Cookies on this website

We use cookies to ensure that we give you the best experience on our website. If you click 'Accept all cookies' we'll assume that you are happy to receive all cookies and you won't see this message again. If you click 'Reject all non-essential cookies' only necessary cookies providing core functionality such as security, network management, and accessibility will be enabled. Click 'Find out more' for information on how to change your cookie settings.

Serum samples identified as positive for total anti-HBc, but negative for both HBsAg and anti-HBs, are referred to as anti-HBc alone. This serological response is compatible with acute, resolved, and chronic hepatitis B virus (HBV)infection but might also signify occult HBV infection. Once the anti-HBc alone pattern is detected, false-positive reactivity should be ruled out and further analyses can resolve the clinical status of the donor. The identification of anti-HBc positivity in the absence of HBsAg in organ transplant donors and in candidate patients for chemotherapy and immunosuppressive therapy requires further investigation because of the risk of HBV reactivation. False-positive detection, acute infection during the window phase, and resolved or chronic HBV infection are all possible and only distinguishable if the additional assays are done and measures of liver damage are taken into account. Measurement of serum anti-HBs responses after the administration of HBV vaccination can be useful to distinguish this serological profile. In view of the low risk of HBV reactivation in anti-HBc alone patients who are candidates for immunosuppressive treatment, such patients might not require pre-emptive antiviral therapy, but should be followed up on a monthly basis for alanine aminotransferase followed by quantitative HBV DNA testing in those with alanine aminotransferase increase. According to specific guidelines, nucleoside analogue prophylaxis is recommended in anti-HBc-positive liver allograft recipients and anti-HBc alone individuals who receive chemotherapy or biological therapy and should be continued for 6-12 months after discontinuation of such immunosuppressive therapies to protect against HBV reactivation.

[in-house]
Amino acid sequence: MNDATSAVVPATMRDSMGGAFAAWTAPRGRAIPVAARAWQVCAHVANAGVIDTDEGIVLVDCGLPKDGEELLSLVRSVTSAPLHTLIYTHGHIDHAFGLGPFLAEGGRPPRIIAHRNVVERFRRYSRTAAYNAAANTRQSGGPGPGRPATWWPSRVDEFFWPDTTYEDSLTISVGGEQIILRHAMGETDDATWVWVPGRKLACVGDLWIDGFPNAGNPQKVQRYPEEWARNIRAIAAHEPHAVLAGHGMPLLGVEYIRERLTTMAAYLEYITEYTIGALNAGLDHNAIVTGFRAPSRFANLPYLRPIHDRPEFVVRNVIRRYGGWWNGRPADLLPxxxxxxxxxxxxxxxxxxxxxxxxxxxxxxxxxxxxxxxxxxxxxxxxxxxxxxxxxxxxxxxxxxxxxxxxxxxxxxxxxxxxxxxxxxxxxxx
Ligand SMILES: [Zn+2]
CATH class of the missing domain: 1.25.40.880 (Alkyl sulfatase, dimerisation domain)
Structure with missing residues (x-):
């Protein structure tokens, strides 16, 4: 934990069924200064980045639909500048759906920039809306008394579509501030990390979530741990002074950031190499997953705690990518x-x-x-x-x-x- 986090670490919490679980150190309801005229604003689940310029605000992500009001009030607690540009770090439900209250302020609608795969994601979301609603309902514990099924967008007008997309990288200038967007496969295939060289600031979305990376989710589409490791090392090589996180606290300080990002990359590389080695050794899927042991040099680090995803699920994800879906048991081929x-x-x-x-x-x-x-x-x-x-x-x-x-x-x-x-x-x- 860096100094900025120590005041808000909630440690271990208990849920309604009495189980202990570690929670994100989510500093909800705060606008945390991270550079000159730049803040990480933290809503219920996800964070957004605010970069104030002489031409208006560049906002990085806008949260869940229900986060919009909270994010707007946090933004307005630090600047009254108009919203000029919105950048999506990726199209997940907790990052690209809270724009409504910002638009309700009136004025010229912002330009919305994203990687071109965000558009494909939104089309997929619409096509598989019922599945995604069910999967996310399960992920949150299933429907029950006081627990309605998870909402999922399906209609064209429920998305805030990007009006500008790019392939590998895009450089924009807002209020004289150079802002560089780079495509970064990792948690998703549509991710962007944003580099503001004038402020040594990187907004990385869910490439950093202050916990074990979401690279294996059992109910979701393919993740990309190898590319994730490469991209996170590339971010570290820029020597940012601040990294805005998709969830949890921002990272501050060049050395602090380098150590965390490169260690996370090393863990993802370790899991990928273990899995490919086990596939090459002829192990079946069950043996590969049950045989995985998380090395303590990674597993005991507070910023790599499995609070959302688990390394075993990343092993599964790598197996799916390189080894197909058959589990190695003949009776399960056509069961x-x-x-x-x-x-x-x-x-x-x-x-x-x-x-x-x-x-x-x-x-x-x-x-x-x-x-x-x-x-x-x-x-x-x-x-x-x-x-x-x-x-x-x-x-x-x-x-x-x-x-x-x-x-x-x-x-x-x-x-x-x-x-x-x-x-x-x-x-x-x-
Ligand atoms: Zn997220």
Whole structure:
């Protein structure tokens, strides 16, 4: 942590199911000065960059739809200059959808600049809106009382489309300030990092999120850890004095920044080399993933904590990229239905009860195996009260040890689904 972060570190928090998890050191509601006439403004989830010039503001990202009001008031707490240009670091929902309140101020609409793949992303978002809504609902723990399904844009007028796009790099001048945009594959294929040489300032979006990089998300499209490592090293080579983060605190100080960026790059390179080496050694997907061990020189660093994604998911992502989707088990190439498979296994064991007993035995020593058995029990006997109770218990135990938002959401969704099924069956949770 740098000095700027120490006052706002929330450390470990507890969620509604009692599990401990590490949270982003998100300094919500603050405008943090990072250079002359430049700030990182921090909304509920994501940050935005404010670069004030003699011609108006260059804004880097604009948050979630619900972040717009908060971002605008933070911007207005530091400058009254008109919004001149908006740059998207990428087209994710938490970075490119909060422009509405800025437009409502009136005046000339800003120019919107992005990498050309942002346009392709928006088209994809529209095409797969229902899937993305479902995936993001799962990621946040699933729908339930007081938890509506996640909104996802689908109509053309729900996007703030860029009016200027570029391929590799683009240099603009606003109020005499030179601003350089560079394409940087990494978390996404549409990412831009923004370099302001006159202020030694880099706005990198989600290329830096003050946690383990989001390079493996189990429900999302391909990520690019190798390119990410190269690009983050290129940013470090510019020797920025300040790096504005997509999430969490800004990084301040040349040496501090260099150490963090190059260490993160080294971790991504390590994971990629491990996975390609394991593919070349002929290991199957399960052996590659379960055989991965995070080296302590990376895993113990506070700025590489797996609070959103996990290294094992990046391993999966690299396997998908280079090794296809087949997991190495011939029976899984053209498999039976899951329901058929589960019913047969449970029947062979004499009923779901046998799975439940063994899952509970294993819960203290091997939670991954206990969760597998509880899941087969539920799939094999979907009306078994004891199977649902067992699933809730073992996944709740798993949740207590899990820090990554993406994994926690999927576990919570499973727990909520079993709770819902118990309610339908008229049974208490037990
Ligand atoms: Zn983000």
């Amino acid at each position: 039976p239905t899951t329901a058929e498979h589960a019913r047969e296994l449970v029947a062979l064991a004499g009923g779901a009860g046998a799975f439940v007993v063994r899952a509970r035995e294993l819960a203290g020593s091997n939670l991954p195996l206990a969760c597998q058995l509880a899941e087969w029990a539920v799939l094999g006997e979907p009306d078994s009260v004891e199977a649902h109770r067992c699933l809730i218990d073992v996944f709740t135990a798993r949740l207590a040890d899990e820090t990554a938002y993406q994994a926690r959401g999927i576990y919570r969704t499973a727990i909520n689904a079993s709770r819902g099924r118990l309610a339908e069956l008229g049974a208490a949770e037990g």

Original publication




Journal article


Lancet Gastroenterol Hepatol

Publication Date





123 - 134


Coinfection, DNA, Viral, False Positive Reactions, Hepatitis B Antibodies, Hepatitis B Core Antigens, Hepatitis B Surface Antigens, Hepatitis B e Antigens, Hepatitis B, Chronic, Humans, Immunosuppressive Agents, Vaccination, Viral Hepatitis Vaccines, Virus Activation